That’s probably because FromSoft is so good right out of the gate at making you well aware of the fact that there will be enemies and traps that, upon first encounter, you are simply not expected to survive against. There are forking paths with one route leading to the actual “right” way to go, and the other leading you down a road towards enemies that are far beyond your level range; shortcuts leading to areas that you’re not recommended to visit until much later; and treasure chests that… well you know.

It also helps that the enemies in Dark Souls, Demon’s Souls, Bloodborne, and Sekiro are absolutely vicious. Even the weakest enemies in these games can pose a threat, and the stronger standard enemies can sometimes feel like minibosses by themselves. This is important because these games are paced so well. Just when you start getting the hang of the attacks and patterns of enemies in one area you reach a brand new one, and are always faced with the prospect of new enemies that have a whole new set of attacks, techniques, and patterns to learn that are often completely different from anything else you’ve fought thus far. And sure, that sounds obvious, but no other soulslike has quite the level of enemy variety, both in terms of visual and AI design, as the FromSoftware games.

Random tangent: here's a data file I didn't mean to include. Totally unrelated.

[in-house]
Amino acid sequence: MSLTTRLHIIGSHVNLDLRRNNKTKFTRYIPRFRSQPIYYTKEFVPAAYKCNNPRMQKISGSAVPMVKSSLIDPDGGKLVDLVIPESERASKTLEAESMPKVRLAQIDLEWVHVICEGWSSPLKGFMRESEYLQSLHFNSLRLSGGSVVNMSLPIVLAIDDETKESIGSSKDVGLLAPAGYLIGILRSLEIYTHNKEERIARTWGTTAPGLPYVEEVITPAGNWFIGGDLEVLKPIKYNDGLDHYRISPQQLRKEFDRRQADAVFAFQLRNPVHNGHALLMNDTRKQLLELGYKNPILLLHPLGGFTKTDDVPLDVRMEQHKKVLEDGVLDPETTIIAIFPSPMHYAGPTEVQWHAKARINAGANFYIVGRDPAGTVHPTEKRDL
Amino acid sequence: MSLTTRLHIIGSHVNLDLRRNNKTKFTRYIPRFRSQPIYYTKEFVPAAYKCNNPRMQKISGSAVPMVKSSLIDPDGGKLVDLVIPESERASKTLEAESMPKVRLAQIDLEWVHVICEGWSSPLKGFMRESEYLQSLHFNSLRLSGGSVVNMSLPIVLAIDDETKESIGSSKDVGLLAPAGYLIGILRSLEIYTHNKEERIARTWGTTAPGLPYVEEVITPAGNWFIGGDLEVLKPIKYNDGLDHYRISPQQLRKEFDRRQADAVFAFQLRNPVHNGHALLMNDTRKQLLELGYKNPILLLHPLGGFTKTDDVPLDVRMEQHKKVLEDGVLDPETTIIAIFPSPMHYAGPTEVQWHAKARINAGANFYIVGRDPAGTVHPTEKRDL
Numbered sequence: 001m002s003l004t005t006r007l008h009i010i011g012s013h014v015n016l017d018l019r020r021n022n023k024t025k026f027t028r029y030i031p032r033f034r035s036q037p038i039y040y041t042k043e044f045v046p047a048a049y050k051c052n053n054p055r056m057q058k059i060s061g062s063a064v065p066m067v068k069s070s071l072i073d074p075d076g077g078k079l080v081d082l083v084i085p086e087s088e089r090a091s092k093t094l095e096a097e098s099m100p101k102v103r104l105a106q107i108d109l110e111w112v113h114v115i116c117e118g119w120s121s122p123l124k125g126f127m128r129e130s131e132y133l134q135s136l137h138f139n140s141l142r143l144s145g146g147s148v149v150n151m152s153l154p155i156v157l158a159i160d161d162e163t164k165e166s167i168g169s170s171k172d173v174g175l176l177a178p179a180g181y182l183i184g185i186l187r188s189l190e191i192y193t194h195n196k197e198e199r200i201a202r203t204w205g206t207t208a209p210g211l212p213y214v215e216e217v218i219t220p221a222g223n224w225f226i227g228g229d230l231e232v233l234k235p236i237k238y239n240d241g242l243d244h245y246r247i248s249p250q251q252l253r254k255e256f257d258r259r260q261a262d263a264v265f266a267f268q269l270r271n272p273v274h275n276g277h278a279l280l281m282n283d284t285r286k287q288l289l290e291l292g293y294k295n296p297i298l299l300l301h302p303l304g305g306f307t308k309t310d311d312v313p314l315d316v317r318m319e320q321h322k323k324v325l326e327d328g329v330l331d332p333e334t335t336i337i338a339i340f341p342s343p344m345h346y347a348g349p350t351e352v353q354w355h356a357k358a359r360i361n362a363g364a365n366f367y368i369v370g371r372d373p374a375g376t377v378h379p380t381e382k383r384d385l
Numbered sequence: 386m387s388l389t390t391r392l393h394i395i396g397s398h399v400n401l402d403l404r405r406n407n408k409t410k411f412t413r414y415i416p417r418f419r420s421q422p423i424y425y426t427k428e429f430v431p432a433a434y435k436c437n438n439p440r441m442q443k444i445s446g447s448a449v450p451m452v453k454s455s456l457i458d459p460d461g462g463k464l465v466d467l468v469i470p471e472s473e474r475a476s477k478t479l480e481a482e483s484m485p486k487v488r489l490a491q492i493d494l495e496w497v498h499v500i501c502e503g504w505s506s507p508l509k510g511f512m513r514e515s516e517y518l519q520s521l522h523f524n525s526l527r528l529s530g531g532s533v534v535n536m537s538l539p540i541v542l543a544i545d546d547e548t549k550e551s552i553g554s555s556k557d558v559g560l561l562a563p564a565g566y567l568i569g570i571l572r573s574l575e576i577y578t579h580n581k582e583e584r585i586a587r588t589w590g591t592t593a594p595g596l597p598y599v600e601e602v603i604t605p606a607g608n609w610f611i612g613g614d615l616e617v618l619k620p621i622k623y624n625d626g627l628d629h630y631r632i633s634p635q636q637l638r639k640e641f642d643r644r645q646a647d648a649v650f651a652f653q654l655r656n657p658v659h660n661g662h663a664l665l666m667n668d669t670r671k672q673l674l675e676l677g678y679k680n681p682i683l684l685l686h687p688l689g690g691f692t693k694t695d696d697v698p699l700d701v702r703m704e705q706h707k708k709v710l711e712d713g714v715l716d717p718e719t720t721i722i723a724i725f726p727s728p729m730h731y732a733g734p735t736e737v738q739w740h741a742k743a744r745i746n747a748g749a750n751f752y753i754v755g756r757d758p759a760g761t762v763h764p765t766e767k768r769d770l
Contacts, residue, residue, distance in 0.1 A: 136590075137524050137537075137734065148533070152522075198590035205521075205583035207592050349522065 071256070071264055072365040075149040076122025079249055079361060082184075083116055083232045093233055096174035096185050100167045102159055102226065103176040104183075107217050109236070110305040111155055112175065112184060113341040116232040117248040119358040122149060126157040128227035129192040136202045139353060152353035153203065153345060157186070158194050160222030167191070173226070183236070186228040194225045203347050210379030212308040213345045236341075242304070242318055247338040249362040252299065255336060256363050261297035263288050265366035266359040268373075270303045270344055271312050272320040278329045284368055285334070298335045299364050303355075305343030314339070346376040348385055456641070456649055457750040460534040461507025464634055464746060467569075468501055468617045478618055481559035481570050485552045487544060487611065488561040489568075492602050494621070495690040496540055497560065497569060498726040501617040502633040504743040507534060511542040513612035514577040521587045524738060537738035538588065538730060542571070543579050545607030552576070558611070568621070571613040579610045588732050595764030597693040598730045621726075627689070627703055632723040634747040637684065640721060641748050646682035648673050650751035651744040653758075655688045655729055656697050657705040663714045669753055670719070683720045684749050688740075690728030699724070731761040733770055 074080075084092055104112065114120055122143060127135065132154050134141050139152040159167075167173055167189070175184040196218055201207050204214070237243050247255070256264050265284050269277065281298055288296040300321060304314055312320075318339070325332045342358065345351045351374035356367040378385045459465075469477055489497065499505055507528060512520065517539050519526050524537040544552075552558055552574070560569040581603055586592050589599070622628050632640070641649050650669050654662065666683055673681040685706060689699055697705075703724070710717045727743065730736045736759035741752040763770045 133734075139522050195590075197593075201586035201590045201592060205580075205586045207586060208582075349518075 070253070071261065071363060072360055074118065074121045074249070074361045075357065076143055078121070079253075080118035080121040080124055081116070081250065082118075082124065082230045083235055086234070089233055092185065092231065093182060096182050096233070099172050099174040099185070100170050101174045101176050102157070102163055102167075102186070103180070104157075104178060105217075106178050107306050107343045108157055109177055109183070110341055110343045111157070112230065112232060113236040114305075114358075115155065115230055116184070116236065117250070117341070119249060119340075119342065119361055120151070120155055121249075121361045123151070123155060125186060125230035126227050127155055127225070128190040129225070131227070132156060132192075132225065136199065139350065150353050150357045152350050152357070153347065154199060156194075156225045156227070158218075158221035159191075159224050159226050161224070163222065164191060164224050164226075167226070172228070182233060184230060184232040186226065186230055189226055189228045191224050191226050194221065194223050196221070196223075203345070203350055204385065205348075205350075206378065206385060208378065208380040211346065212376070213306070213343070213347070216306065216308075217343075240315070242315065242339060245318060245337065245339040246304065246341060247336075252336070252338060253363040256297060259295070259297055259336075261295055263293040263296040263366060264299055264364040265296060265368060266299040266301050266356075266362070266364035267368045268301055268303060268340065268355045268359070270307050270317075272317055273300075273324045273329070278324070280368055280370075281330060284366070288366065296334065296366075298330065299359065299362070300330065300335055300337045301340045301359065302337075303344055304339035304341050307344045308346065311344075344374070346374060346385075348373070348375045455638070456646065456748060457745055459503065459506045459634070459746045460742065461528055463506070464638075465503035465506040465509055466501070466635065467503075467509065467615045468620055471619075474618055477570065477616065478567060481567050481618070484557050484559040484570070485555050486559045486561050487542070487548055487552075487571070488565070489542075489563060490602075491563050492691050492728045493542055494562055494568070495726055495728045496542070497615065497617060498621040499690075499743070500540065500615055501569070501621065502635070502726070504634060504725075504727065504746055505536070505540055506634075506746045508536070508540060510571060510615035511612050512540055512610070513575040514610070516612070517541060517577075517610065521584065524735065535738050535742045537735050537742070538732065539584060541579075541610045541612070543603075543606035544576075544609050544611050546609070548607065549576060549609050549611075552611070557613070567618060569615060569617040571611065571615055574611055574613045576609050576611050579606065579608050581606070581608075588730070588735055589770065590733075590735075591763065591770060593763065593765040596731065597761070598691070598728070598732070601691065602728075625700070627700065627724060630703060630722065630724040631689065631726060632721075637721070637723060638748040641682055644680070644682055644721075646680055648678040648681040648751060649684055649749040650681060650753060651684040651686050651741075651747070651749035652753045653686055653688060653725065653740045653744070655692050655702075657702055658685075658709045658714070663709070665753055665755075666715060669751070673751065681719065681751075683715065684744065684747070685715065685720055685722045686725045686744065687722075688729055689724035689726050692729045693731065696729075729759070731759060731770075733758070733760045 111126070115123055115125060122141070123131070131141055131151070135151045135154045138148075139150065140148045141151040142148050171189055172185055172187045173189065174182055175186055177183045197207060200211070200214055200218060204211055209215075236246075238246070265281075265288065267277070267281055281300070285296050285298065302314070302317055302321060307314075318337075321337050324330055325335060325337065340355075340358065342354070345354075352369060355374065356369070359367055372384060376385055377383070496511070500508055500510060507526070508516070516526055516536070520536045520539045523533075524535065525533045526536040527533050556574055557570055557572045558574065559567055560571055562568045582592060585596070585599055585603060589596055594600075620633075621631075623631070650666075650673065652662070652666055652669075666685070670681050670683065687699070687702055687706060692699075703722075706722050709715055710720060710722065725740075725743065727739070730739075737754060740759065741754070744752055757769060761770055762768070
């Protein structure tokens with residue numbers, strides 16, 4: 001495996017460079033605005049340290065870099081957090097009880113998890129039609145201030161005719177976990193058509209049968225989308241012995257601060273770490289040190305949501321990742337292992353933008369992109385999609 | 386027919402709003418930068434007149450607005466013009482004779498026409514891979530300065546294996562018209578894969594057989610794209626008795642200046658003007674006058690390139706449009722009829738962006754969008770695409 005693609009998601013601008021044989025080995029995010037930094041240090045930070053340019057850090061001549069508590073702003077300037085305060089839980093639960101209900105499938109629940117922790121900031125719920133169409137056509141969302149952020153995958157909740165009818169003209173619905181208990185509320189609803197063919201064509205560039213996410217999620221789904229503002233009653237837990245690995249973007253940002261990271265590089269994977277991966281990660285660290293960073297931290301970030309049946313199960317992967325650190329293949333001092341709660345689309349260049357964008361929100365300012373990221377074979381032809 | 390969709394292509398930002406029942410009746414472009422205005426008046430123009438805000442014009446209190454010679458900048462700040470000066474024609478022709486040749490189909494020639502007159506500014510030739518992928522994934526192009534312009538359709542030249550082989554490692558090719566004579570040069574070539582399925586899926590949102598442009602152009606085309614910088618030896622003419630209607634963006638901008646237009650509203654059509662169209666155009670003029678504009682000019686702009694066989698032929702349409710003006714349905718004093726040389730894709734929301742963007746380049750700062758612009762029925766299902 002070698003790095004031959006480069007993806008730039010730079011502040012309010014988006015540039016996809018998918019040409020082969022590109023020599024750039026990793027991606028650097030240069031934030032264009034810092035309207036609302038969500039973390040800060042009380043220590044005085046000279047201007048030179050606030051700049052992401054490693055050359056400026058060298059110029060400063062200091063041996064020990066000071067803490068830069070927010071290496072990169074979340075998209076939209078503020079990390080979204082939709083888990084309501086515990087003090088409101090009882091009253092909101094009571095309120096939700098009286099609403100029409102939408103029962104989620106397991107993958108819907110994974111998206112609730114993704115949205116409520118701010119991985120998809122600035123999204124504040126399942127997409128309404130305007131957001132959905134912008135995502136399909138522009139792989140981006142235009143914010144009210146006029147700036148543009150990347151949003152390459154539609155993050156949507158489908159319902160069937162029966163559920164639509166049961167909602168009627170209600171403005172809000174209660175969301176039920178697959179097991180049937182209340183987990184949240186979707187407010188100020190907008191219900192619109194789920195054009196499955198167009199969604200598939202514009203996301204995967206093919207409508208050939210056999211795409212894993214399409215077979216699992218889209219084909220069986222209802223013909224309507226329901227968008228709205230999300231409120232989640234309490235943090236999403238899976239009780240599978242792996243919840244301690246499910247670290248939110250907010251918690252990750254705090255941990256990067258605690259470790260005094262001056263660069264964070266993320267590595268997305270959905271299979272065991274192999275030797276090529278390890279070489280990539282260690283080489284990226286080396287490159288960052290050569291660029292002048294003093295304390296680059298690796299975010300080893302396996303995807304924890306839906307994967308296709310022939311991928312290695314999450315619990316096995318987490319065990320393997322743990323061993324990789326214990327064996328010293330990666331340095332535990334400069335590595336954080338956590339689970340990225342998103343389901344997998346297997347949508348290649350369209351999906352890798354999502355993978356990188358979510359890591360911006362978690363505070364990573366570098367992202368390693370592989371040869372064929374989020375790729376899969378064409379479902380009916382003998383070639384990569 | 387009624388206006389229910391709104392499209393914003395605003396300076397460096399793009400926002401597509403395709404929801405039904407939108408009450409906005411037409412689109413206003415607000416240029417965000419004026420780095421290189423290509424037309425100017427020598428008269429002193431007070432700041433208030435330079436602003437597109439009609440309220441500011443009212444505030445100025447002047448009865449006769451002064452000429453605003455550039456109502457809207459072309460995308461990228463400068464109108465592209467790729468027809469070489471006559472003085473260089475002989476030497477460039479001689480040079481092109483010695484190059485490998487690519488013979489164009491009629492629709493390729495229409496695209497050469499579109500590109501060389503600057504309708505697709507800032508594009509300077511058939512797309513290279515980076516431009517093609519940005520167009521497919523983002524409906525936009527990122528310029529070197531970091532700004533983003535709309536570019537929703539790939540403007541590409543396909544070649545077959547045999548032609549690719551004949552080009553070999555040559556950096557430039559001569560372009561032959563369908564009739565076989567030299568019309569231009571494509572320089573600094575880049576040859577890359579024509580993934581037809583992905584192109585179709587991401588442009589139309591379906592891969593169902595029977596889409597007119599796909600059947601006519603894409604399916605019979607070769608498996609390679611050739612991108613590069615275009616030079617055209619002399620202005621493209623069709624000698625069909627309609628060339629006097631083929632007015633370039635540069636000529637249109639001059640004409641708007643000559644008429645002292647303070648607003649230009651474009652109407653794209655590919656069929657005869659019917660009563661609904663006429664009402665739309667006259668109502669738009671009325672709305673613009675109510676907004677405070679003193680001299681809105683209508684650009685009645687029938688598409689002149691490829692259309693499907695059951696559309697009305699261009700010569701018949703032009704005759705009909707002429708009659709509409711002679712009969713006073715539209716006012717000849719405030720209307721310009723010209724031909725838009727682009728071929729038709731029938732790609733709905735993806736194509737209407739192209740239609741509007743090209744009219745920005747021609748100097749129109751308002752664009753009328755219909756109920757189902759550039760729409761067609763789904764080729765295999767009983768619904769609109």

Finally, FromSoftware never rests on its laurels. Despite every game following the same core set of design mechanics and philosophies, there’s always some sort of substantial twist on the formula that prevents these games from ever feeling too reliant on what came before. Demon’s Souls established the formula, then Dark Souls took that formula into a small-scale open world with a huge emphasis on gated exploration. Dark Souls 2 adopted a bit more of a linear approach and changed up a number of mechanics, while Dark Souls 3 sort of combined elements of Demon’s Souls and Dark Souls. Bloodborne completely changed up the combat focus to be more aggressive on top of introducing a whole new dark victorian aesthetic. Sekiro made a shift to action over RPG, and finally Elden Ring took everything into the realm of a sprawling, nearly unrestrained open world. Not every change between these games is celebrated, but the fact that FromSoftware has been able to continuously iterate upon the formula without ever changing what fans truly love about these games is remarkable, and it’s one of the things that keeps the genre thriving. Now we don’t just have soulslikes, we have Sekiro-likes, Bloodborne-likes, and in the next few years, we’ll no doubt see some Elden Ring-likes.

FromSoftware Gameography

Developer spotlight: a look at the games the Tokyo-based company has developed over the years.See All

But as I said at the top, there are many reasons why people love these games. As someone who doesn’t care too much for the PvP aspects of these games, these are the things that make FromSoft’s games so special to me. What about you? Let me know what makes Soulsborne games so special to you in the comments below.


Mitchell Saltzman is an editorial producer at IGN. You can find him on twitter @JurassicRabbit